LibLink: Nick Clegg – If Iraq taught us anything, it’s this…

This week marks the 10th anniversary of the invasion by the USA and the UK of Iraq. In an article published in The Independent, Nick Clegg reflects on the decisions made by the last Labour government and the lessons to be drawn. Here’s an excerpt:

The pretext given by the Blair government for the invasion – Saddam Hussein’s possession of weapons of mass destruction – proved false. The intervention led to years of instability, sectarian violence and religious extremism within Iraq and beyond. It strengthened Iran’s ability to destabilise its neighbours and it undermined the credibility of the United Nations.

The war in Iraq damaged confidence in the principle of humanitarian intervention and strengthened the hand of isolationists. Tony Blair in his 1999 Chicago speech proposed new criteria for humanitarian intervention. They were almost the right principles – the problem was that he did not follow them.

The failures of Iraq do not alter our collective responsibility to support freedom and protect human rights around the world. Doing nothing can be as bad as cavalier adventurism. The question remains how and when to intervene – and it is always a tough judgement. There are no easy guides for politicians to follow. But, in my view, there are four tests we must always apply. Is intervention legal? Does it command local and regional support? Are we confident intervening will alleviate suffering? And is the UN behind it? Or, in the absence of UN approval, are there reasons to intervene on clear humanitarian grounds.

They are not much different to Tony Blair’s principles: the difference is that the coalition government I serve in has stuck to them.

You can read Nick’s article in full here.

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  • “Proved false” suggests that Tony Blair did not know that there were no ‘weapons of mass destruction’ in Iraq before he decided to commit to his belligerent adventure, and that it was only demonstrated later.
    Except, of course, that there was substantial intelligence evidence for the absence of WMDs in Iraq beforehand, and Blair knew it. His professions to the contrary were not casual mistakes or errors of emphasis, but deliberate lies that he knew were not supported by facts.

  • Geoffrey Payne 18th Mar '13 - 1:36pm

    Paul wolfowitz believed that the western invaders of Iraq would be greeted as liberators. Yet the hard lesson for liberal interventionists is that in both Iraq and Afgahnistan was that private militias that supported intolarent ideologies were far more successful in recruiting foot soldiers that were committed to the cause than either government was able to recruit into their regular armies.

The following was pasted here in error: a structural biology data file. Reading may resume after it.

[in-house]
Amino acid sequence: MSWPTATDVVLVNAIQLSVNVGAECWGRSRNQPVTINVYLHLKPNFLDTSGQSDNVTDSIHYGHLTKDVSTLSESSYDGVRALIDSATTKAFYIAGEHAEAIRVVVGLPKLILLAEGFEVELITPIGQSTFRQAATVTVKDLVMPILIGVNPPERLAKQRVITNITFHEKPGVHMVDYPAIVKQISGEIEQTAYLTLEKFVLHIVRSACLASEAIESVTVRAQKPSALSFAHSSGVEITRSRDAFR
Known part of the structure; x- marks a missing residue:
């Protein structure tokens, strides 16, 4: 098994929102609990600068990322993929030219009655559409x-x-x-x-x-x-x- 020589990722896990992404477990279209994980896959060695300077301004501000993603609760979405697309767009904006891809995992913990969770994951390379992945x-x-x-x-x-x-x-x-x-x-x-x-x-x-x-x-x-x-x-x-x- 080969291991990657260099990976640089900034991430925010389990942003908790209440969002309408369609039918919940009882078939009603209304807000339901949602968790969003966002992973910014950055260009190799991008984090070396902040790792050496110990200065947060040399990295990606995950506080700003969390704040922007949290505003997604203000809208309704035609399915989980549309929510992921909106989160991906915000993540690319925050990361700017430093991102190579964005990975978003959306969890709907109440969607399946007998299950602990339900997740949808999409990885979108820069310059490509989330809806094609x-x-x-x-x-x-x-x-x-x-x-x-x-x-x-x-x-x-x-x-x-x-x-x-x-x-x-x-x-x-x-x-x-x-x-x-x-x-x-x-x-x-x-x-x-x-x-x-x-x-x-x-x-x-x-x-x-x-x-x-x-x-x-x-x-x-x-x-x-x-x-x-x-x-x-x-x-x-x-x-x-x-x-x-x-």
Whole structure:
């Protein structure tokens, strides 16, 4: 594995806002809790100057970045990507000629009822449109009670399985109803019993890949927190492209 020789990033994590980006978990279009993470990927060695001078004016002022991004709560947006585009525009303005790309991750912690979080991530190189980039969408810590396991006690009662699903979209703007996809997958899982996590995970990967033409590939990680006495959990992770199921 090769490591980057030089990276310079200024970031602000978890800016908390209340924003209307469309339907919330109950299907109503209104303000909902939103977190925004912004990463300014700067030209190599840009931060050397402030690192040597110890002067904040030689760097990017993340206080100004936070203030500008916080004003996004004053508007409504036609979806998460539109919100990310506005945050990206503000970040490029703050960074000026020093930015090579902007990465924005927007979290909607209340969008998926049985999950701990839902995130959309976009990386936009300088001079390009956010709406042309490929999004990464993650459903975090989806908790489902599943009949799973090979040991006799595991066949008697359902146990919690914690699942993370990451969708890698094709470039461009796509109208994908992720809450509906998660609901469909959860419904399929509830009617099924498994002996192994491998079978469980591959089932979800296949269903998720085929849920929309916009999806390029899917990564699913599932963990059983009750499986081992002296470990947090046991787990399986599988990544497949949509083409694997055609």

Francis Fukuyama famously wrote about the “End of History” – the idea that the ideological conflict between liberal capitalism and democracy had won and communism had lost. Blair thought that in supporting the war in Iraq and Afghanistan he had history on his side. He could not have been more wrong.
    I think Nick Clegg’s criteria moves us in the right direction, but is far from the end of the story. The invasion of Libya maybe meets his criteria and many might think we did the right thing. But the knock on instability in Mali and Algeria might suggest otherwise.
    What politicians need to get a grip of is the limitations of western power. It is more limited than they appear to think.
    I notice Nick says nothing about drone strikes, the modern was of attacking a country e

  • Geoffrey Payne 18th Mar '13 - 1:39pm

    … Without having to invade it or even declare war on it. Surely an impingement on civil liberties even more brutal than secret courts.?

  • Simon Beard 18th Mar '13 - 3:27pm

    From a letter from the leader dated March 2023

    “The pretext given by the coalition government for the introduction of secret courts – that our secret services were innocent of claims of torture and needed to defend themselves – proved false. The policy led to years of injustice, persecution and religious extremism within the UK and beyond. It strengthened totalitarian regime’s ability to violate human rights and it undermined the credibility of the United Kingdom.

    The introduction of secret courts damaged confidence in the rule of law and strengthened the hand of authoritarians.”

    We’ll see…

  • I think Geoffrey and Ian both sum it up well.

    As Ian says, when you blur the lines between peacekeepers and soldiers, things often go awry.

    I think one of our major problems in this ‘war’ has been that we never had a real understanding of the cultures or nations that we were dealing with; as highlighted by Labour’s somewhat questionable decision to fund extremist Muslin groups in the United Kingdom and aboard in the hope of using them as a way to combat the terrorist groups.

    That would be like funding the BNP to combat the EDL, and shows just how little the Labour Government understood the people and situation they dealing with.

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